HS2 will not be a point-to-point railway line, it is part of a network.

Most of the HS2 publicity is around the onwards connections that will be possible when HS2 joins the classic railway, for example at Crewe, where trains will continue running north but more slowly. But there will be network connections at the southern end of HS2 as well, and not least will be the connection to HS1, the existing high speed line from St Pancras to the Continent.

HS2 to Paris, via HS1

What could go wrong? Well, a worry I have is based on the Regional Eurostar debacle. It was 25 years ago when we wasted an opportunity to have trains running from all parts of England, Scotland, and Wales through the Channel Tunnel to Paris. A timeline is given here (final page of pdf).

This new service almost started – the new trains had been delivered, the staff were qualified, the tests runs were underway – but the project spectacularly fell apart, with Parliamentary enquiries for years to come. And to this day everyone involved seems to have a different reason to give for the Regional Eurostar project failure. My suspicion is that all the railway companies that bid for the franchise cherry-picked the London route alone, and with railway privatisation coming in a few years the government gave way. I have written previously on the practicalities of re-instating the Regional Eurostar project aims ahead of the completion of HS2, here.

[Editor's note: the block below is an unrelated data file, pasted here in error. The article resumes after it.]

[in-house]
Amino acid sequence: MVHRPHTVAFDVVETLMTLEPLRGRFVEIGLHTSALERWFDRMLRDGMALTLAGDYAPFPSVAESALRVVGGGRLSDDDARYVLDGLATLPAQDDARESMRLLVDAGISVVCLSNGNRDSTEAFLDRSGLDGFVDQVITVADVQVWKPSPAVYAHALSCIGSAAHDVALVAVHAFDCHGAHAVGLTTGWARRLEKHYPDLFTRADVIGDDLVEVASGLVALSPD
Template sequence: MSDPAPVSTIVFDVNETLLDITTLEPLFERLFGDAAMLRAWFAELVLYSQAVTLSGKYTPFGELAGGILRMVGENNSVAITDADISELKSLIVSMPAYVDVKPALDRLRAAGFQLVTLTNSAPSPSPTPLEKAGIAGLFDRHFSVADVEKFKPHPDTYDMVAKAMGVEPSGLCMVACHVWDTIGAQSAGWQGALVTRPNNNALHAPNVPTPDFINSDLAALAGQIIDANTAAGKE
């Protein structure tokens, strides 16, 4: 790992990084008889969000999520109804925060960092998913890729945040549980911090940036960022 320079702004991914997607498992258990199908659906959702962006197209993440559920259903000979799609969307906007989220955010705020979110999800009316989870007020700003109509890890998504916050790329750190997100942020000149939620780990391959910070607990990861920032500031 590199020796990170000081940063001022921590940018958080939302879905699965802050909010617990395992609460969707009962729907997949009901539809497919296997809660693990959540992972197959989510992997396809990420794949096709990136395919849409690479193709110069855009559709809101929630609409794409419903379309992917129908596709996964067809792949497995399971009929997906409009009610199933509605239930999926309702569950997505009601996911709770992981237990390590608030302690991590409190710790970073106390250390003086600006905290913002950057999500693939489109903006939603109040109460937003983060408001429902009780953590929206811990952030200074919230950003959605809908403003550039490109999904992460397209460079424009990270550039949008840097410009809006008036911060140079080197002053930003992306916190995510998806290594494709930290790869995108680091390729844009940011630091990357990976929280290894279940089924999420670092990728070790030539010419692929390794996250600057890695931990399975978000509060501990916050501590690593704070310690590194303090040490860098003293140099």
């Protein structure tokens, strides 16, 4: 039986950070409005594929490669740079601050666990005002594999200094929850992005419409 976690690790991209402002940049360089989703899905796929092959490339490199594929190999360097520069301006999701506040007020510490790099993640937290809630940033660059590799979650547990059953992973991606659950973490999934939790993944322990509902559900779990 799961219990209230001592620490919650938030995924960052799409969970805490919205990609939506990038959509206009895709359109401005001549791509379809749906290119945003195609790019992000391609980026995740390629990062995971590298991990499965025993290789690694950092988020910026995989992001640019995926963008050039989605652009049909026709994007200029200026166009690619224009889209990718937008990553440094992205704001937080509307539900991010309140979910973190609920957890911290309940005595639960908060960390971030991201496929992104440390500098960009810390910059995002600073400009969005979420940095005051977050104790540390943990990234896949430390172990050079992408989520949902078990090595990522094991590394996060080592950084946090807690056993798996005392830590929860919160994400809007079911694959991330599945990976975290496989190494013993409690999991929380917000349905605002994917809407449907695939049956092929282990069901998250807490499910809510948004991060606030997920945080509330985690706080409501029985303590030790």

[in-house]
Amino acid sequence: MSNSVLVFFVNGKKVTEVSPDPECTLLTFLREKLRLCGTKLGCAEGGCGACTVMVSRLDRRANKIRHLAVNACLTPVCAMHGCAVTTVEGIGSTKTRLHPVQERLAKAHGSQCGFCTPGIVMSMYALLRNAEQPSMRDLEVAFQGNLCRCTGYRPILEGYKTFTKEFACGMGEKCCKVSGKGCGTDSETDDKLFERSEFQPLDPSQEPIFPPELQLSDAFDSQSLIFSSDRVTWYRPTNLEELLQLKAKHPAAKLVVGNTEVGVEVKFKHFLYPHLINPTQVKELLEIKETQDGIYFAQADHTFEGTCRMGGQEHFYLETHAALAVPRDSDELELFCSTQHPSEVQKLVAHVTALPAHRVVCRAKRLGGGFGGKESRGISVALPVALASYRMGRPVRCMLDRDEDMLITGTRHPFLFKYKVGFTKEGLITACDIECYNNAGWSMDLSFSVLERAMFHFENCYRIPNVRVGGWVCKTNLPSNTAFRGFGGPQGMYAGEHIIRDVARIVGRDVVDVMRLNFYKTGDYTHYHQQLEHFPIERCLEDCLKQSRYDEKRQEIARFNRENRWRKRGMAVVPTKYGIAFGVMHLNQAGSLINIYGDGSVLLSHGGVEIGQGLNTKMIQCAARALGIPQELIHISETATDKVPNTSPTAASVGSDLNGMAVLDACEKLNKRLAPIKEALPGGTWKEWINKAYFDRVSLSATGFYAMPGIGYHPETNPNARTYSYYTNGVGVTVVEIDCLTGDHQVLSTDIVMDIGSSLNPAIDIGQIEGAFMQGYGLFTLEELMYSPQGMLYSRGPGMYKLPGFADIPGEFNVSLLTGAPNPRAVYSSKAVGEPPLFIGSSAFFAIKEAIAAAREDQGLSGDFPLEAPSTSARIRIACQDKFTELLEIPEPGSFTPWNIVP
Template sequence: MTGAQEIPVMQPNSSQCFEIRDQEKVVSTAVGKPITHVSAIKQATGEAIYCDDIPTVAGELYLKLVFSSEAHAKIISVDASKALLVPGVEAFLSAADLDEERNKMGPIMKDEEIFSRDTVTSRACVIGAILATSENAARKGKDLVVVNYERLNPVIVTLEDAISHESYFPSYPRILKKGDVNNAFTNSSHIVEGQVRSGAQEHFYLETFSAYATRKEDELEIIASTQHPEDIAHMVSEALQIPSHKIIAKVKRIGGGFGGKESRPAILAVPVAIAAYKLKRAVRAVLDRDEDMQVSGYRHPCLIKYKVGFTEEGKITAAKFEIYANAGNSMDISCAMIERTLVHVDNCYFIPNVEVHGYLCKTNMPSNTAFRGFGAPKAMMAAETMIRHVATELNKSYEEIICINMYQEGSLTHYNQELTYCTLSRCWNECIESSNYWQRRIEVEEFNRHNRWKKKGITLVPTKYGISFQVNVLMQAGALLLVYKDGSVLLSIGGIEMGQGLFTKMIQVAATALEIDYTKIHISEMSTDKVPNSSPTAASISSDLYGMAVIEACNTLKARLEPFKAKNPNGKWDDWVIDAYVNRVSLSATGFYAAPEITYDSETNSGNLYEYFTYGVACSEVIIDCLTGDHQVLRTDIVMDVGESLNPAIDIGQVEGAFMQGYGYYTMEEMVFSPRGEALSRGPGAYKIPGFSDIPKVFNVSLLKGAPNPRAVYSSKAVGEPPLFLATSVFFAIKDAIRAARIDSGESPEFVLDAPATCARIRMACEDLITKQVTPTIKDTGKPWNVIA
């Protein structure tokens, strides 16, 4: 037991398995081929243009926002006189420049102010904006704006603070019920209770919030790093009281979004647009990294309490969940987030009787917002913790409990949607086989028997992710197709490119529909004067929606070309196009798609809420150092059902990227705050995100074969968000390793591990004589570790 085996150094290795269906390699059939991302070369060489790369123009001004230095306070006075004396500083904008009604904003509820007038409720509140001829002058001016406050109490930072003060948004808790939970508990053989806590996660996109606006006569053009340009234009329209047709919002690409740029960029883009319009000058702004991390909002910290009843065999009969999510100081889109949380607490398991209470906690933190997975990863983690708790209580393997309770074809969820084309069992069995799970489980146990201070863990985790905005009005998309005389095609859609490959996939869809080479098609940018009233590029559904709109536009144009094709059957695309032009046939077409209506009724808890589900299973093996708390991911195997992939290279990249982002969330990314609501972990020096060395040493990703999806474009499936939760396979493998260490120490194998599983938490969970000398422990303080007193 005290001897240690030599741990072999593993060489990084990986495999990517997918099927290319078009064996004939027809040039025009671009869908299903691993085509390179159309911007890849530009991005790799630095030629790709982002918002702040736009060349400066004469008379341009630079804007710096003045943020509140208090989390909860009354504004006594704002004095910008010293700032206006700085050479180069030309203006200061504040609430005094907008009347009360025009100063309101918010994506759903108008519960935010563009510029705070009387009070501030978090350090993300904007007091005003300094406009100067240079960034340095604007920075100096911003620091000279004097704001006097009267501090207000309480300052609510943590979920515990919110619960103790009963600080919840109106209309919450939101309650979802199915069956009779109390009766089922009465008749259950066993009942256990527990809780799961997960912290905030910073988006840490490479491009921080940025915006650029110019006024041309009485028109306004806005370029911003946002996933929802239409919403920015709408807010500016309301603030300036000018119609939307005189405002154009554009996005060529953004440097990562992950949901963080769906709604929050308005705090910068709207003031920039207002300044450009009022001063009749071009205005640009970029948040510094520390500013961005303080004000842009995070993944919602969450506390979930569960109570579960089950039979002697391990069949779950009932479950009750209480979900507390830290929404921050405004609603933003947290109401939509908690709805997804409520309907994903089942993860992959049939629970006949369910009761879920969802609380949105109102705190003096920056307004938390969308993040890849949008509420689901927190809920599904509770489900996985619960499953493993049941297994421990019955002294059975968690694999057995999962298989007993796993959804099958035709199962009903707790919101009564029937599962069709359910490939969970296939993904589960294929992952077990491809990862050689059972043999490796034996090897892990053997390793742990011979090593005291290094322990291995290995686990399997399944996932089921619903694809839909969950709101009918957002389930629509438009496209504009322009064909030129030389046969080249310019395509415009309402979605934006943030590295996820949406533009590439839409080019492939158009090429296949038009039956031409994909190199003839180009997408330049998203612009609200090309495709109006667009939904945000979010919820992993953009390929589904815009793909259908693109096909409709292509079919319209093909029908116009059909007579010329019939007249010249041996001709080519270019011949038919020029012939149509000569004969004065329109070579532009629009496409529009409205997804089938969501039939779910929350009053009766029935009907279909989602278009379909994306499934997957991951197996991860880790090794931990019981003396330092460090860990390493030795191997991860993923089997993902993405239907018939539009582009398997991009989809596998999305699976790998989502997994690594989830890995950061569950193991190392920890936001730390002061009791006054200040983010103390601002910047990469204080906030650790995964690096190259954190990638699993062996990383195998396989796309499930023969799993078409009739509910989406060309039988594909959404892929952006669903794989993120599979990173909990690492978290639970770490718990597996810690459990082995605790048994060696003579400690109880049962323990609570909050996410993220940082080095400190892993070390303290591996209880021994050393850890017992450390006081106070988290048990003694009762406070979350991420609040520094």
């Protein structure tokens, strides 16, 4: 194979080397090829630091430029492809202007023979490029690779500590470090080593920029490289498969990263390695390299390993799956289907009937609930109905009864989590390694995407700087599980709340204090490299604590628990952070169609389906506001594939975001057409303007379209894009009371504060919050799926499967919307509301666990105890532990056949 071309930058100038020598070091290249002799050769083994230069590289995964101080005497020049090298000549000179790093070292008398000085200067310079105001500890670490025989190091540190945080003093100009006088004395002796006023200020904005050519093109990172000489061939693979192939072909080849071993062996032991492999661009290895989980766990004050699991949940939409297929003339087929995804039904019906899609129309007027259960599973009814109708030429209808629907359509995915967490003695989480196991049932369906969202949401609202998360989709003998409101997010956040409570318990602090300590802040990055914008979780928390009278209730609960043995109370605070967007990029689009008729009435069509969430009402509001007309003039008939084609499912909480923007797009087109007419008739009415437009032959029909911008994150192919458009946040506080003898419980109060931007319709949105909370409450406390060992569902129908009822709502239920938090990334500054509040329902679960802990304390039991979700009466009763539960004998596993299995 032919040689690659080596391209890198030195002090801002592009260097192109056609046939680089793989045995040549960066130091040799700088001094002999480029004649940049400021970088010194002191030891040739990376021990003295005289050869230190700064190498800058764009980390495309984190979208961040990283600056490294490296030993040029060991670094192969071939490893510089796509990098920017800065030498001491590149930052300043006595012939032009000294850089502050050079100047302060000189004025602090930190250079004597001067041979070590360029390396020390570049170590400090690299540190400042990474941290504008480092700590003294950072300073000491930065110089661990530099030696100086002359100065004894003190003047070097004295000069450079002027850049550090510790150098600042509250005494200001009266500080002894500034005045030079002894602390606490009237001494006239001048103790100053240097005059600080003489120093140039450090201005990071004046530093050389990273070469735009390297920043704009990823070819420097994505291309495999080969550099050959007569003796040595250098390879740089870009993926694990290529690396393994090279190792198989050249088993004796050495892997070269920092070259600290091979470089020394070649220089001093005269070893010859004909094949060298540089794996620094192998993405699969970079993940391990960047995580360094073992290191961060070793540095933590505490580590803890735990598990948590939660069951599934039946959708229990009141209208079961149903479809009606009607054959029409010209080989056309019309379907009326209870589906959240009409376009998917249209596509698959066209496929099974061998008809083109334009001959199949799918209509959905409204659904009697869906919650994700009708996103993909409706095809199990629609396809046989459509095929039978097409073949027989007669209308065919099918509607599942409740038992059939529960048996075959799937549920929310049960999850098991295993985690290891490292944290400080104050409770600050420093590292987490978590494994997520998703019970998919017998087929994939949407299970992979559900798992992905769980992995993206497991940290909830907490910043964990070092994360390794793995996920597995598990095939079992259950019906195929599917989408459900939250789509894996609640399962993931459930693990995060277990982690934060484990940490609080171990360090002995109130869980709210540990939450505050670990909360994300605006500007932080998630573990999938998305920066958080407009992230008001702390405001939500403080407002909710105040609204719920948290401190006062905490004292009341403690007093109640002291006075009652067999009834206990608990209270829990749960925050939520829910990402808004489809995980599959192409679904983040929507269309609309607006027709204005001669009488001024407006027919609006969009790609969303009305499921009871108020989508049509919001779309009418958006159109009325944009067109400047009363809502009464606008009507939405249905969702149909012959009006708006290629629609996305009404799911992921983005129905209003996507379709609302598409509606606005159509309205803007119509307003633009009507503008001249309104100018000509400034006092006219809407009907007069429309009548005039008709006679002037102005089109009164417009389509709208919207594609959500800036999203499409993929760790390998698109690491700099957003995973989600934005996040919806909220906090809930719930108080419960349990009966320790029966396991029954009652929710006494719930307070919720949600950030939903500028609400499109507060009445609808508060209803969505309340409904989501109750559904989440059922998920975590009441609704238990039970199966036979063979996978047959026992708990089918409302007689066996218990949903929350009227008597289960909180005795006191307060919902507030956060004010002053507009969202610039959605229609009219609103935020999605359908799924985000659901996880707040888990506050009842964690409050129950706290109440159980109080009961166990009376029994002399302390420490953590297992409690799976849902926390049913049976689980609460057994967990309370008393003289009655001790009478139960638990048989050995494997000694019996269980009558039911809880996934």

We need to learn from the past attempts and look forward to making it happen this time.
And in the world of railways the devil is in the detail. A project can have twelve elements, and if only one element fails then the whole project fails.

At the moment the critical factor seems to be immigration systems. Immigration controls for HS1 are done by British officials working in on the railway station platforms in Paris (and in Brussels and Lille). That way, there are minimal difficulties once in the UK, and the British tabloids don’t need to worry about migrants pressing the emergency stop button and running away through the fields of Kent. 

But following Brexit and the Calais migrant camp issues, the French government has said this working arrangement is now in doubt, and will be thrown into the big pot of Brexit negotiation issues. Worse, because it is a bilateral agreement and not an EU agreement, it could be terminated by the French government anyway, even if lawyers might complain about the abrupt process. 

Would this be a bad development? Consider some alternatives:

  1. UK immigration checks happen in Dover. Every train stops, people get out and are checked, then they get back on the train. This process already happens (in Lille) for the winter special ski trains from the south of France.
  2. UK immigration checks happen at the arrival station. This would start with St Pancras and Ashford, but would need to also happen in Manchester (for example) if Continental trains ran on to HS2. But will the British tabloids and politicians accept the risk of people running off?
  3. UK immigration checks happen on the train while it is moving. This was the suggested approach for the Regional Eurostar service, but was rejected at the time. It might actually be the least disruptive option now, especially using newer technologies.

All of these options are solutions, the question is which one is to be followed?

So to summarise, at the moment it is: 

HS2 to Paris … via HS1 … via the Home Office.